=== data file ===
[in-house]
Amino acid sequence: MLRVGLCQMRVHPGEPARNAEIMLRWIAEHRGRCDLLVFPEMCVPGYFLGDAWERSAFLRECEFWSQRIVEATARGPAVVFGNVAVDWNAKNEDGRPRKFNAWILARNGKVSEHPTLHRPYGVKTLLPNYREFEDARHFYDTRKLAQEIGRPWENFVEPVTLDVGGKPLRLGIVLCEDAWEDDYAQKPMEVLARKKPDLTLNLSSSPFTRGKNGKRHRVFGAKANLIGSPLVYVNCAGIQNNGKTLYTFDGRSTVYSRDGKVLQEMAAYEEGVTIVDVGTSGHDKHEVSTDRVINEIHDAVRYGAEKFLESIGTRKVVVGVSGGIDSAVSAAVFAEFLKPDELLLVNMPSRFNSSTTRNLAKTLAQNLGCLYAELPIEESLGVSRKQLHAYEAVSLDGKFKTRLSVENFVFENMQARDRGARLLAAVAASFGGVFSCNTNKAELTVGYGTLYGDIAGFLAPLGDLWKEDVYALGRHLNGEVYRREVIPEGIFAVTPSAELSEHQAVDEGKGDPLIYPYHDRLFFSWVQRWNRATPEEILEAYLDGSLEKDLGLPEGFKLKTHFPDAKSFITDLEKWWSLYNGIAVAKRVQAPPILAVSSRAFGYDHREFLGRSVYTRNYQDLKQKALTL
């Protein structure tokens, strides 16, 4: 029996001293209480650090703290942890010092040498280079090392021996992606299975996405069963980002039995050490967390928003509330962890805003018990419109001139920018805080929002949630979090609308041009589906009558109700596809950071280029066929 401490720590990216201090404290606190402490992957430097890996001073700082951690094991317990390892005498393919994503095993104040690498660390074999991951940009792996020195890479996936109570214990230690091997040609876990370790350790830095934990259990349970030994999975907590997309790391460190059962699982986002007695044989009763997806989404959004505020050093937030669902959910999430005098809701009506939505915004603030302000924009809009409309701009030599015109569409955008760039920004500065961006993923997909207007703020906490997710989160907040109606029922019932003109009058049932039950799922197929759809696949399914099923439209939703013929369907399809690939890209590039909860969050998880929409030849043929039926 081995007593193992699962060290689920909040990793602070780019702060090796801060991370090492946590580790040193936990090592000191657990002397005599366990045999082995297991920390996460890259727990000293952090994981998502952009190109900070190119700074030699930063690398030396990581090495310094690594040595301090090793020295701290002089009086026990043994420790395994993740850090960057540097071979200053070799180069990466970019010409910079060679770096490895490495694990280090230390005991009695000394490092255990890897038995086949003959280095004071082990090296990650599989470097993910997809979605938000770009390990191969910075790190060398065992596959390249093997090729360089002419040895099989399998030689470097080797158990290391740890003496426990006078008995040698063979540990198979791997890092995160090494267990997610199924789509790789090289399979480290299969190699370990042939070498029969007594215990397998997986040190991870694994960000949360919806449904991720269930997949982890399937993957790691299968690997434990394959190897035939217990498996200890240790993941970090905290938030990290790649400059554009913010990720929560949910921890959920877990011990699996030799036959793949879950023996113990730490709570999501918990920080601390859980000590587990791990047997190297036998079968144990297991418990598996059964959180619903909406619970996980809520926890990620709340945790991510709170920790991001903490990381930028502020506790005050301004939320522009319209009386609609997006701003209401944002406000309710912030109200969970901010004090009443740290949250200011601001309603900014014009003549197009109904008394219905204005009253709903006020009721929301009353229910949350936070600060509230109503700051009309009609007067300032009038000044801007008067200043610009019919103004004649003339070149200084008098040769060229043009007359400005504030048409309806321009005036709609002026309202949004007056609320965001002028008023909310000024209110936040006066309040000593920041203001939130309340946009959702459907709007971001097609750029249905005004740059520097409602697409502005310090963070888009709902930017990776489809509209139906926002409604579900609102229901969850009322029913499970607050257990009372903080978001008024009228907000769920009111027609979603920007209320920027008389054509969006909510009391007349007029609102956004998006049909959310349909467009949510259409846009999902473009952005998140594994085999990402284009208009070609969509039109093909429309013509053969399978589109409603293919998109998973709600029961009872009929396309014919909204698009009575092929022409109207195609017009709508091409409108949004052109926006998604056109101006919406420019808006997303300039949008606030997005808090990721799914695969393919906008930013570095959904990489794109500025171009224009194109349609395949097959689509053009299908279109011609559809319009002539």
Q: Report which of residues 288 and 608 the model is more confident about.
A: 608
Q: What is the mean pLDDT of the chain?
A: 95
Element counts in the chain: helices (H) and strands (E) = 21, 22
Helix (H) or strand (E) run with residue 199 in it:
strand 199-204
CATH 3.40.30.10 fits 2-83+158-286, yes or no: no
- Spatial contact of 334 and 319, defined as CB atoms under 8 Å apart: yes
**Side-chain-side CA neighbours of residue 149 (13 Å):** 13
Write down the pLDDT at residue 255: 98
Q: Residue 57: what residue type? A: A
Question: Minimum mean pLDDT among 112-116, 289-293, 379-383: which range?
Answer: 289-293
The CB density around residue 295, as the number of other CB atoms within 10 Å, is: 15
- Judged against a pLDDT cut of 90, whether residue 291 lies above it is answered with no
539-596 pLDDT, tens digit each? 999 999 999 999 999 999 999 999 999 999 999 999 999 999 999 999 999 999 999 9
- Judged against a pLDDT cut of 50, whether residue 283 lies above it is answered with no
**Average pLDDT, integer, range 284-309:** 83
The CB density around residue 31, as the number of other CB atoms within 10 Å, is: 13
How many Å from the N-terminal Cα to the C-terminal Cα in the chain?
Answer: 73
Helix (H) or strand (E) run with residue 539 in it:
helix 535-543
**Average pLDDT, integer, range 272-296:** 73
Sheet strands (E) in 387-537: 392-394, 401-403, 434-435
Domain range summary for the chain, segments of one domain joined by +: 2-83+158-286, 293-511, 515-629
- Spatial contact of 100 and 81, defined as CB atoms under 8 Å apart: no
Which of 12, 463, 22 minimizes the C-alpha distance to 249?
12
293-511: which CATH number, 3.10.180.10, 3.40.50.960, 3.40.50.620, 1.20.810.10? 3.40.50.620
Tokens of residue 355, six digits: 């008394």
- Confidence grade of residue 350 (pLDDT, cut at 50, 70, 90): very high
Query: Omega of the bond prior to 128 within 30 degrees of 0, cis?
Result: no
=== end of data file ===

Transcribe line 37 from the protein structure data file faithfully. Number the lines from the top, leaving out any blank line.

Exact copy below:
Query: Omega of the bond prior to 128 within 30 degrees of 0, cis?